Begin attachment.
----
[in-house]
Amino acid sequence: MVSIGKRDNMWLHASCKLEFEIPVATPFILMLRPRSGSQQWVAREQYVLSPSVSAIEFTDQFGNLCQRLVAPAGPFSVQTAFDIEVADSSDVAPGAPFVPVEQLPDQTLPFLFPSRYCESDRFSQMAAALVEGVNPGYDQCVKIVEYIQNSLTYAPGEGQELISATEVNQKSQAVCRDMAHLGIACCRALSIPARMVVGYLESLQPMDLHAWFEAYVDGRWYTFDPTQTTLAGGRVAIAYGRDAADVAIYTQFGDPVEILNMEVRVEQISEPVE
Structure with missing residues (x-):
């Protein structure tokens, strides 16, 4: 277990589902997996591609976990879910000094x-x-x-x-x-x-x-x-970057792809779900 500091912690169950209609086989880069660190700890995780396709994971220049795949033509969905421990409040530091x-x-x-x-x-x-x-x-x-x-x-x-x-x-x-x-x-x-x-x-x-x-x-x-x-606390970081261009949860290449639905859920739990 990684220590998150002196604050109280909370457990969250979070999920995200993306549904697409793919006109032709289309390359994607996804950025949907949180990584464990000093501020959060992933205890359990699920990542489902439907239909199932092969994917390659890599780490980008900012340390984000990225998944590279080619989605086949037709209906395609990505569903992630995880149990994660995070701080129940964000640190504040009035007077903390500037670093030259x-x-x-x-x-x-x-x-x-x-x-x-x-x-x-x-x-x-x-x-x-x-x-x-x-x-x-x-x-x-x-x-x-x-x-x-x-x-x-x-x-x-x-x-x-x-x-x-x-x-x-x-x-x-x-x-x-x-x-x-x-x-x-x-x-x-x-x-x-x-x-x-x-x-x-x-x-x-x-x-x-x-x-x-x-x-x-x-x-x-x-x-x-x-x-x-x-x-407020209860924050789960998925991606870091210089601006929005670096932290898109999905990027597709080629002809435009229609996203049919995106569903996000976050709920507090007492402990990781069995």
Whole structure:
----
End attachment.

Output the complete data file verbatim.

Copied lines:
[in-house]
Amino acid sequence: MVSIGKRDNMWLHASCKLEFEIPVATPFILMLRPRSGSQQWVAREQYVLSPSVSAIEFTDQFGNLCQRLVAPAGPFSVQTAFDIEVADSSDVAPGAPFVPVEQLPDQTLPFLFPSRYCESDRFSQMAAALVEGVNPGYDQCVKIVEYIQNSLTYAPGEGQELISATEVNQKSQAVCRDMAHLGIACCRALSIPARMVVGYLESLQPMDLHAWFEAYVDGRWYTFDPTQTTLAGGRVAIAYGRDAADVAIYTQFGDPVEILNMEVRVEQISEPVE
Structure with missing residues (x-):
């Protein structure tokens, strides 16, 4: 277990589902997996591609976990879910000094x-x-x-x-x-x-x-x-970057792809779900 500091912690169950209609086989880069660190700890995780396709994971220049795949033509969905421990409040530091x-x-x-x-x-x-x-x-x-x-x-x-x-x-x-x-x-x-x-x-x-x-x-x-x-606390970081261009949860290449639905859920739990 990684220590998150002196604050109280909370457990969250979070999920995200993306549904697409793919006109032709289309390359994607996804950025949907949180990584464990000093501020959060992933205890359990699920990542489902439907239909199932092969994917390659890599780490980008900012340390984000990225998944590279080619989605086949037709209906395609990505569903992630995880149990994660995070701080129940964000640190504040009035007077903390500037670093030259x-x-x-x-x-x-x-x-x-x-x-x-x-x-x-x-x-x-x-x-x-x-x-x-x-x-x-x-x-x-x-x-x-x-x-x-x-x-x-x-x-x-x-x-x-x-x-x-x-x-x-x-x-x-x-x-x-x-x-x-x-x-x-x-x-x-x-x-x-x-x-x-x-x-x-x-x-x-x-x-x-x-x-x-x-x-x-x-x-x-x-x-x-x-x-x-x-x-407020209860924050789960998925991606870091210089601006929005670096932290898109999905990027597709080629002809435009229609996203049919995106569903996000976050709920507090007492402990990781069995």
Whole structure: